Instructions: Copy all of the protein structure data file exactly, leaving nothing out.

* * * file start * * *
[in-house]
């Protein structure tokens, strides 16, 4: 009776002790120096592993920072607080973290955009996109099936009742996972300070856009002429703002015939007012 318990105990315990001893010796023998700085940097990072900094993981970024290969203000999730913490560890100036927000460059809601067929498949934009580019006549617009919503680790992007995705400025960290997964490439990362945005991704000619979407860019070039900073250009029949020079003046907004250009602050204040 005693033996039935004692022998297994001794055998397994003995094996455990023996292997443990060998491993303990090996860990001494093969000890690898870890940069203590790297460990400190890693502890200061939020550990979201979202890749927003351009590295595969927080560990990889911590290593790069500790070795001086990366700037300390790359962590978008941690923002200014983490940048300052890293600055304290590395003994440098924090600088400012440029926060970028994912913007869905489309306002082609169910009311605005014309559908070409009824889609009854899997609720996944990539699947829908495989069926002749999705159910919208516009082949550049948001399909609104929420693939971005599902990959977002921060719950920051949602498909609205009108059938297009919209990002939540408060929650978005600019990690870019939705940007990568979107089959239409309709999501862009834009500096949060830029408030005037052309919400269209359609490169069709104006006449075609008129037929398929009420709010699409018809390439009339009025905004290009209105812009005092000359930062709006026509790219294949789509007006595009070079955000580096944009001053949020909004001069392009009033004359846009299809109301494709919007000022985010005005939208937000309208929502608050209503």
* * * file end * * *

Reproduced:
[in-house]
């Protein structure tokens, strides 16, 4: 009776002790120096592993920072607080973290955009996109099936009742996972300070856009002429703002015939007012 318990105990315990001893010796023998700085940097990072900094993981970024290969203000999730913490560890100036927000460059809601067929498949934009580019006549617009919503680790992007995705400025960290997964490439990362945005991704000619979407860019070039900073250009029949020079003046907004250009602050204040 005693033996039935004692022998297994001794055998397994003995094996455990023996292997443990060998491993303990090996860990001494093969000890690898870890940069203590790297460990400190890693502890200061939020550990979201979202890749927003351009590295595969927080560990990889911590290593790069500790070795001086990366700037300390790359962590978008941690923002200014983490940048300052890293600055304290590395003994440098924090600088400012440029926060970028994912913007869905489309306002082609169910009311605005014309559908070409009824889609009854899997609720996944990539699947829908495989069926002749999705159910919208516009082949550049948001399909609104929420693939971005599902990959977002921060719950920051949602498909609205009108059938297009919209990002939540408060929650978005600019990690870019939705940007990568979107089959239409309709999501862009834009500096949060830029408030005037052309919400269209359609490169069709104006006449075609008129037929398929009420709010699409018809390439009339009025905004290009209105812009005092000359930062709006026509790219294949789509007006595009070079955000580096944009001053949020909004001069392009009033004359846009299809109301494709919007000022985010005005939208937000309208929502608050209503």